Most organizations make some attempt to promote healthy computing at work. But are any companies doing anything to help prevent injuries to their employees from computer use at home?
Although not always the case, homeworking frequently involves the use of a laptop computer and this is easily transformed into a reasonable work tool by placing the device on a stand and with the addition of a separate keyboard and mouse – but this doesn’t address the domestic table/chair or space relationship which is often far worse than would be available in the office.
In the UK the same ‘office focused’ Regulations apply to those working from home, and hence the duties for an employer are essentially the same regardless of the work location; however, the difficulty arises out of the definition for ‘working from home’ – is the person employed to work from home (in which case the duty is clear) or do they do so only occasionally as a personal convenience (in which case it is reasonable to expect the individual must shoulder the majority of the responsibility)? Of course there is a wide range of work situations in between these extremes which have also to be considered, and in the UK the safest course of action is therefore to assess the workplace to evaluate the level of risk that might be presented by that particular set of circumstances, and then to respond accordingly.
To my knowledge, some companies are providing full (but compact) workstations, chairs and DSE for home workers where there is a specific need/benefit for the person to operate from home, but there are also other employers expecting to hide behind an excuse that the employee has a desk at the office and should therefore use that (happily ignoring the extra time needed and work pressure created if they were to travel to do this).
This is a growing ‘problem’ (fuelled by environmental considerations and the benefits of hot-desking) and it is one that more and more companies are now facing and tackling; it is important for the employer to establish home worker policies so that the responsibilities for each of the parties is clear – the current ‘home worker’ ambiguities will only lead to worker dissatisfaction and increasing reports of MSDs in particular.
If anyone has a home work policy and would like to share it, I would be interested. Thanks..
There certainly have been some in Sydney; for that reason we had to develop a checklist back in the nineties (please see attachment). BTW there have been earlier threads on this issue such as;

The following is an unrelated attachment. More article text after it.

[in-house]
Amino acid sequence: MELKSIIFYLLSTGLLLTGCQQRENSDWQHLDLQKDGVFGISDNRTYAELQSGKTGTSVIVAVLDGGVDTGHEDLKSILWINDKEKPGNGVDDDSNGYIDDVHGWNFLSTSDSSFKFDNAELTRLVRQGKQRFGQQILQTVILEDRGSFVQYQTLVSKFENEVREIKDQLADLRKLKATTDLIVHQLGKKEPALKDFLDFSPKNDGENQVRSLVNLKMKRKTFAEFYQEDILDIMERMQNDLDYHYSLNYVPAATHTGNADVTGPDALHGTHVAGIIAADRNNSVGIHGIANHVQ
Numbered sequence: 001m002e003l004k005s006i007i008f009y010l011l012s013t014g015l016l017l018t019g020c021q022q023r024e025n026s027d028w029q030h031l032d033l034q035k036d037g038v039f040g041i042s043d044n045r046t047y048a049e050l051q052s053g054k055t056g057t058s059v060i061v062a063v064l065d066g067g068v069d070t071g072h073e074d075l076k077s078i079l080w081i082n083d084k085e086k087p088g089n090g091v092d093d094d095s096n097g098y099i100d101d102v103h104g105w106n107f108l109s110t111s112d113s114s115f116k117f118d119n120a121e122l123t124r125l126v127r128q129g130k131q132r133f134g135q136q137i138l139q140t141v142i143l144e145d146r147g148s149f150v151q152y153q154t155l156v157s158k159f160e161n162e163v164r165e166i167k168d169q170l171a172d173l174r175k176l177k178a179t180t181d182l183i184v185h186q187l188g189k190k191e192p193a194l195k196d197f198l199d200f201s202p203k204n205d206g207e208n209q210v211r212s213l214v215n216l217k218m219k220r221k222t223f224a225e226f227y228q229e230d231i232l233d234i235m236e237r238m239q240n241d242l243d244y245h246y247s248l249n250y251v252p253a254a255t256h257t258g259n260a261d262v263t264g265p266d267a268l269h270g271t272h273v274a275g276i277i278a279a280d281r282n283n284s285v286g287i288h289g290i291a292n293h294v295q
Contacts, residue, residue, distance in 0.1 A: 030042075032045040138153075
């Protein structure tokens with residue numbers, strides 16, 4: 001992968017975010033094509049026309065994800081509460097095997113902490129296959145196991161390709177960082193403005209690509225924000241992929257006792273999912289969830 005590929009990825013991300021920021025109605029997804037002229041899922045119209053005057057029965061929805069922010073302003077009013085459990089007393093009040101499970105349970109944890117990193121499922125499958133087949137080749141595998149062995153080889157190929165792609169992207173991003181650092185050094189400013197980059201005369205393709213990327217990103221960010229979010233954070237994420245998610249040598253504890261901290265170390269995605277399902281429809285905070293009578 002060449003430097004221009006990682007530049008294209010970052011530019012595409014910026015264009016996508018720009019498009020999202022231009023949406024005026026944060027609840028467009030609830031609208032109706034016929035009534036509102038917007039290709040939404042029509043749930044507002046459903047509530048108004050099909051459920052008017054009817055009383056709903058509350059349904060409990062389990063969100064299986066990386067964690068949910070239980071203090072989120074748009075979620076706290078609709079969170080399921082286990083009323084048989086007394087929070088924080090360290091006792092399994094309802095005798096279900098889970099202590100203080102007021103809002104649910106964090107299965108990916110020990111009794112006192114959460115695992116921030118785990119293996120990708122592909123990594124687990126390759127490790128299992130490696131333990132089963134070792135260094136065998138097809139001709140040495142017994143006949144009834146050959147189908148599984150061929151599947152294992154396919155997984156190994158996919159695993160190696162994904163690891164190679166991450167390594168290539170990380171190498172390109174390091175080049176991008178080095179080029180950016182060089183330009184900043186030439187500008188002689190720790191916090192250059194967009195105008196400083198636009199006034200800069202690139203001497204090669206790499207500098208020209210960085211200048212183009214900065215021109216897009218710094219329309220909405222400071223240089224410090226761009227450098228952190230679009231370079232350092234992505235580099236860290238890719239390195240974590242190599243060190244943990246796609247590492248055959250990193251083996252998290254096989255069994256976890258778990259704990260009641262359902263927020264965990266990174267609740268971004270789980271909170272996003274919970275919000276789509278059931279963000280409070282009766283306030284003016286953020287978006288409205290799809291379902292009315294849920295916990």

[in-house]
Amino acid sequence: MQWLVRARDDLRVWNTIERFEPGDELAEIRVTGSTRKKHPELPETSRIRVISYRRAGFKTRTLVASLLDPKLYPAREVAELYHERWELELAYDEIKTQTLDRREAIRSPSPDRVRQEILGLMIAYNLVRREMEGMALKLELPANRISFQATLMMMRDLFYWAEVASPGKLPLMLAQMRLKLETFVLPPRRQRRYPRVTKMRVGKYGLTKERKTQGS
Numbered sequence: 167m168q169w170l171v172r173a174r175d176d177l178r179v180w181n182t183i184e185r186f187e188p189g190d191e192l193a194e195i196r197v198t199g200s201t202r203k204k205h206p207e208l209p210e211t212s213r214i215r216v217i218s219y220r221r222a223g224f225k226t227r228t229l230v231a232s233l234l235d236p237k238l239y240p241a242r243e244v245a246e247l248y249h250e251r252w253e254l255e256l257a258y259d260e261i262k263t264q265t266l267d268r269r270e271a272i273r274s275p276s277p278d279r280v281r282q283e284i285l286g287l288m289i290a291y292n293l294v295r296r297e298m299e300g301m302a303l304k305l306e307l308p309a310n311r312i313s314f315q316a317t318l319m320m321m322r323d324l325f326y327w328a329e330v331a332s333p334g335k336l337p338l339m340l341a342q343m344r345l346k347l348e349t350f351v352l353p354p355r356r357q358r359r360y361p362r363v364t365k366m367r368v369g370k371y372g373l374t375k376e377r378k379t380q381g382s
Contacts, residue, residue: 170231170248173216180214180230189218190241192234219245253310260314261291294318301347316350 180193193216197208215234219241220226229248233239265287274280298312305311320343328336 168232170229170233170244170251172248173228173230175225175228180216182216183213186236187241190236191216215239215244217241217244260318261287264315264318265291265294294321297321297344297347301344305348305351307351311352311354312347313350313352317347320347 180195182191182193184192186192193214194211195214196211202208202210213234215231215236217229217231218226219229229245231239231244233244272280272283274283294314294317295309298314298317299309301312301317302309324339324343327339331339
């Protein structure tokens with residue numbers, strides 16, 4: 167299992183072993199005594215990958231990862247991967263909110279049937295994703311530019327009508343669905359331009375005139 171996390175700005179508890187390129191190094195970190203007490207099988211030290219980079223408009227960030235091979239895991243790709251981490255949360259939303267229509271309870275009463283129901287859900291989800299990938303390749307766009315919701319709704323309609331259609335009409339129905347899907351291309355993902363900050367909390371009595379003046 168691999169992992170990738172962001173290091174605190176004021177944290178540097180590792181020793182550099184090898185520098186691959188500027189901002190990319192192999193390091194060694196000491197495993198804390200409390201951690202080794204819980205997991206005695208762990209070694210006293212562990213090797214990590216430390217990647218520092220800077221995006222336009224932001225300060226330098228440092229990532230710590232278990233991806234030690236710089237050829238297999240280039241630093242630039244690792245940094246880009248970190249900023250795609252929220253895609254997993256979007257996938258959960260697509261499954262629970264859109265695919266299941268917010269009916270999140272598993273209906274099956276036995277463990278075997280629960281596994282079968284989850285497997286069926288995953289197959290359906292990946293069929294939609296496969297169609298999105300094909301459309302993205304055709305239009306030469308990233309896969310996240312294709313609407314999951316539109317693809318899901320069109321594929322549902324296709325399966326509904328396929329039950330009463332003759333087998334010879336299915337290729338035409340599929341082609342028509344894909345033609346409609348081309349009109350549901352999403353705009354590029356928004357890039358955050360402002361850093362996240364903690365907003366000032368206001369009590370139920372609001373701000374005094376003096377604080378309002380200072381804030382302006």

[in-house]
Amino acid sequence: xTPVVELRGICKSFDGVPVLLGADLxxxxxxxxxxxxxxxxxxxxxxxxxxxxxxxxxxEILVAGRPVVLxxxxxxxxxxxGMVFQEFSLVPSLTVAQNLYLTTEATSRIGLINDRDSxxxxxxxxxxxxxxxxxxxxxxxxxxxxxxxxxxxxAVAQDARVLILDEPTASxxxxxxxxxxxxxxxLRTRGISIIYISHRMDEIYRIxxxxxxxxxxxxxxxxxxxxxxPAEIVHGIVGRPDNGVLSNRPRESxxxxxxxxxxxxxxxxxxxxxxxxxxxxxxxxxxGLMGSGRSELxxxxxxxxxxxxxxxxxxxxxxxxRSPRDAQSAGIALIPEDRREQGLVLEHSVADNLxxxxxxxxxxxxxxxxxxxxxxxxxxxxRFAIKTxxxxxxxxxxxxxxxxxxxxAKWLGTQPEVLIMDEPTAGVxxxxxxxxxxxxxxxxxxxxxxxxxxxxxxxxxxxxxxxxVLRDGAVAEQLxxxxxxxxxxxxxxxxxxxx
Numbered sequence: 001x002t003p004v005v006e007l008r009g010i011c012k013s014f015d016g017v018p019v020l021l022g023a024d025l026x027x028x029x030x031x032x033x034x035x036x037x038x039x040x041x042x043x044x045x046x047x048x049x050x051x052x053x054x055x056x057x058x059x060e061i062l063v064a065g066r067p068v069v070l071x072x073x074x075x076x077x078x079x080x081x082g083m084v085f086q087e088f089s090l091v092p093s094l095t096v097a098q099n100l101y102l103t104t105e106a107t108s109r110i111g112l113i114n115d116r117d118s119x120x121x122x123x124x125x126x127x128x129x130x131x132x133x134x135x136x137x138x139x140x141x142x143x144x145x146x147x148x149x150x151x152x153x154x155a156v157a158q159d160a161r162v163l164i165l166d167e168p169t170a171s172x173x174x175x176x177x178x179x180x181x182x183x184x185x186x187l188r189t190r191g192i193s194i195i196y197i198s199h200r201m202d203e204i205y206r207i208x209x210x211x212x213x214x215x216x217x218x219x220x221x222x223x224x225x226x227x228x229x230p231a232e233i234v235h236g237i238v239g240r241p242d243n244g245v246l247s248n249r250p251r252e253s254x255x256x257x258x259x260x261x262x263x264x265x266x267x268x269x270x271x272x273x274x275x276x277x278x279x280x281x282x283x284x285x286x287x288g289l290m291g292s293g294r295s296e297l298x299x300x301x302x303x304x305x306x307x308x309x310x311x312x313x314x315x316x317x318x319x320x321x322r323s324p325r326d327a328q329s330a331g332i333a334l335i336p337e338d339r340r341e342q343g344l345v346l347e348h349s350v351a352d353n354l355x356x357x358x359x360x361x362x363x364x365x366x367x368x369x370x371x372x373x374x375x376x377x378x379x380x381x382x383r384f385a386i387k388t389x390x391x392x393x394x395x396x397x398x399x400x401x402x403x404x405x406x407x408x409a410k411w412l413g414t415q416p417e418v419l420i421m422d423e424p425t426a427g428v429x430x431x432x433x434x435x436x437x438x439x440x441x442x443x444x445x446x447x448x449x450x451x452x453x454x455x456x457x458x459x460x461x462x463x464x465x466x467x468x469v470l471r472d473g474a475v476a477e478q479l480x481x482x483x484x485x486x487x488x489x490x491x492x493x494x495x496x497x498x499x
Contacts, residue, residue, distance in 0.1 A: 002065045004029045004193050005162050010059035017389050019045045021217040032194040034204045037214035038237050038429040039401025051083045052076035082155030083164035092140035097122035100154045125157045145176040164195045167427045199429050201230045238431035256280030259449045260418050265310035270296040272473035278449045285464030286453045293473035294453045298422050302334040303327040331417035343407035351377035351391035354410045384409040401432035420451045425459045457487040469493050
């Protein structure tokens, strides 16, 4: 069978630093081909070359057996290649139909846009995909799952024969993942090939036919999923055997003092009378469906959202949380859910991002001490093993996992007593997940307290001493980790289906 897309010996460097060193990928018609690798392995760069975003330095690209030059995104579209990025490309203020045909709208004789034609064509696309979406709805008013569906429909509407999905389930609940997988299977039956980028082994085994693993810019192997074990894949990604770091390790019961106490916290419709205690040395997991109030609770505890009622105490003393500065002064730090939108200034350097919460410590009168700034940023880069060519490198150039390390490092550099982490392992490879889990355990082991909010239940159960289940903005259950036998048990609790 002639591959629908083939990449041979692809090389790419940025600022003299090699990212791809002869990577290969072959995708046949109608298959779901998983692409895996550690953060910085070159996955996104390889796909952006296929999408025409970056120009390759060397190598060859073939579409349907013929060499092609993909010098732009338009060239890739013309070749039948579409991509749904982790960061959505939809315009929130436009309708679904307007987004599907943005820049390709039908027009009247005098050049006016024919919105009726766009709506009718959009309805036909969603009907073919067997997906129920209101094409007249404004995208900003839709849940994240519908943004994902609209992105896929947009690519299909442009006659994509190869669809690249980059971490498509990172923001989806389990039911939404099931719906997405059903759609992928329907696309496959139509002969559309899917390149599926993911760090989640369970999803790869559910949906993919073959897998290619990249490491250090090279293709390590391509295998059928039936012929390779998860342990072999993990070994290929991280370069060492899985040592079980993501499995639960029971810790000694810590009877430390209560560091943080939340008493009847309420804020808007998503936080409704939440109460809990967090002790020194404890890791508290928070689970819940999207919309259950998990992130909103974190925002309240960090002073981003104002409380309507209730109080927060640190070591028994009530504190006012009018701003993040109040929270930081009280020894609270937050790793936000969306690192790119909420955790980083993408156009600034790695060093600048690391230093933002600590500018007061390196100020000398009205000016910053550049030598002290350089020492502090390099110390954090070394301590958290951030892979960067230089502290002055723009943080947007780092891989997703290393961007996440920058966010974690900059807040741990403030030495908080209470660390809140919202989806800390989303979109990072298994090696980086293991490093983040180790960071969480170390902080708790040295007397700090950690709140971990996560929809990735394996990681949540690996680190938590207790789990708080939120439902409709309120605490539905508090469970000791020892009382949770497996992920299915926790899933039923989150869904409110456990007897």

I have a couple of documents that might interest you. We have a publication on this topic called “Working from home – A guide to occupational health and safety, rehabilitation and workers compensation requirements”;
Another report that might interest you is the February 2006 report of the Australian Telework Advisory Committee (ATAC) for the federal government; ‘Telework for Australian Employees and Businesses – Maximising the economic and social benefits of flexible working practices’.
Regards, David McFarlane MAppSc (Ergonomics) Ergonomist, WorkCover NSW Disclaimer Any recommendation concerning the use or representation of a particular brand of product in this document or any mention of them whatsoever (whether this appears in the text, illustrations, photographs or in any other form) is not to be taken to imply that WorkCover NSW approves or endorses the product or the brand.
Worked from home (UK) for 5 years, but very little actual care or guidance from company (I can self-manage luckily!). The standard systems used in UK tend to stick with the office template. Very little PRACTICAL guidance on adapting home equipment or using laptops all day long. It did raise issues about the level of equipment such an arrangement should include – not every one has a spare room, so they don’t want a standard blue office chair in their living area – that sort of debate.
My current local authority employer is also now wrestling with this, although there are very few actual “work from home” contractually staff.
I attach our H&S “homeworking” guidance, which is one part of a 3 part guide; the policy part 1 should define the category of worker (from a bit at own discretion, to fully contracted to only WFH), and the other part covers such matters as insurance, planning, and other admin.
I read recently that (according to our local National Safety magazine) about one fifth of all unscheduled absences are due to “family issues” (National Safety, October 2007, see page 20). In view of the trend toward working parents taking their children to the office I can’t help thinking that the challenge for modern employers wishing to minimise absenteeism (and maximise worker job satisfaction) might be to find ways make the office more like home (“family friendly”) rather than vice versa!
However, this might be rather difficult for non-office workplaces.
David McFarlane MAppSc (Ergonomics)
Ergonomist, WorkCover NSW
National Safety Council of Australia, “Workplace Flexibility. Good jobs good health”, National Safety, October 2007, pages 17-20.
Any recommendation concerning the use or representation of a particular brand of product in this document or any mention of them whatsoever (whether this appears in the text, illustrations, photographs or in any other form) is not to be taken to imply that WorkCover NSW approves or endorses the product or the brand.
I have read that some companies (Hewlett-Packard for one) have a policy where those who work offsite must read and agree to the guidelines. The recommendations include ergonomic guidelines such as chair, desk, keyboard, mouse, table height. Also included are frequency of breaks. I have not seen the document or policy – anyone have a copy?
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